NEW YORK (Reuters) - U.S. District Court Judge Denny Chin, who sentenced swindler Bernard Madoff to 150 years in prison, will be nominated for an appeals court seat, U.S. Senator Charles Schumer said on Wednesday.
There are four vacancies on the U.S. Court of Appeals for the Second Circuit in New York, the court where U.S. Supreme Court Justice Sonia Sotomayor served until she was sworn in to the high court on August 8. A fifth vacancy to the appeals court in New York is expected to open in October.
“We told the White House that Judge Chin would be an outstanding choice for elevation to the Court of Appeals,” Schumer, a Democrat from New York, said in a statement. “Even in the most high-profile of cases, he has been unflappable, erudite and steadily applied the law.”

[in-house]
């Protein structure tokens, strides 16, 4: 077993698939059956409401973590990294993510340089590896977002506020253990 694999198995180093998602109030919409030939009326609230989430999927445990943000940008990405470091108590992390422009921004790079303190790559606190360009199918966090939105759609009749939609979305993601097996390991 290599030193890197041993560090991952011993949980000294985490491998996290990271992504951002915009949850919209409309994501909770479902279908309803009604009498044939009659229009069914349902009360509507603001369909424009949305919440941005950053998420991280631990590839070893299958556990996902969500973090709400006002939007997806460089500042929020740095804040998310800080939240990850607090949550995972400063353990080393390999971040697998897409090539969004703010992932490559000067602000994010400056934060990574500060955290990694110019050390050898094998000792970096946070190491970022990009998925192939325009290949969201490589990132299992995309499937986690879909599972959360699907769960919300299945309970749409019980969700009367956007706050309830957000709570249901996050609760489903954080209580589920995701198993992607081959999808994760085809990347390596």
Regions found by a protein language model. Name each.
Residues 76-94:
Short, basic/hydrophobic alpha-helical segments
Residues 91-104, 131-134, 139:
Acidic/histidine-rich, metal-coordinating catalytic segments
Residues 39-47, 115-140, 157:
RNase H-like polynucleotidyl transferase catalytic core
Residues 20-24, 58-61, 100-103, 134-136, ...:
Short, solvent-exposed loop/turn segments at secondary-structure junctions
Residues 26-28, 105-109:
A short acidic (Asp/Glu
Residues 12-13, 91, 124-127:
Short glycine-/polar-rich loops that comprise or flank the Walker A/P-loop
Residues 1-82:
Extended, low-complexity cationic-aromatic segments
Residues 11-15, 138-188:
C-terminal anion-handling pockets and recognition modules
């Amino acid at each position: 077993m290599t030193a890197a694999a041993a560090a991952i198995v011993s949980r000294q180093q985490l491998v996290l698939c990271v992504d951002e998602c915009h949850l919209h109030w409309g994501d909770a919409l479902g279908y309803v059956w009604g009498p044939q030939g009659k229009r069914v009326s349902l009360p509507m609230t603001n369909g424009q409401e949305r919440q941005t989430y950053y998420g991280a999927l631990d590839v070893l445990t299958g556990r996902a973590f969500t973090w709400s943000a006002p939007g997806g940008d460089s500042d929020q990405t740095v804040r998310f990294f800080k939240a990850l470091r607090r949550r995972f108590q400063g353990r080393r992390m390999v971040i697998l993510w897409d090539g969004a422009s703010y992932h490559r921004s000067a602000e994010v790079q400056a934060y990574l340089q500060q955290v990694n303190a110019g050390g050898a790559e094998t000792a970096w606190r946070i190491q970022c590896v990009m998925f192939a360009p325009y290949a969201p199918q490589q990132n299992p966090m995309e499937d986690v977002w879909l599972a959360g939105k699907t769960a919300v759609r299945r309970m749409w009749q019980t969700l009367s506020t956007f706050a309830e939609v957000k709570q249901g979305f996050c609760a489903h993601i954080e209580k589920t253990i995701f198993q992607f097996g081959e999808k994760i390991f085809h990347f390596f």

A clerk said the judge would not comment.
The case of the former Wall Street trader and investment adviser Madoff, who orchestrated a fraud of as much as $65 billion over two decades, was one of the biggest to land in Chin’s courtroom in Manhattan.
Chin, born in Hong Kong and the first Asian-American federal judge outside of California and Hawaii, calmly took Madoff’s guilty plea in front of irate investors in March.
Three months later, he handed Madoff consecutive sentences on 11 criminal charges including securities fraud, money laundering and perjury that added up to 150 years.
He called Madoff’s crimes “extraordinarily evil” for financially ruining thousands of investors as he operated Wall Street’s biggest investment fraud.
Chin is known in the legal community as even-tempered, fair, witty and unafraid to make tough decisions. He was 39 when tapped by former President Bill Clinton in 1994 for a judgeship in Manhattan federal court, one of the busiest U.S. courthouses with cases ranging from terrorism trials to celebrity disputes to white-collar crime.
Reporting by Grant McCool; Editing by Toni Reinhold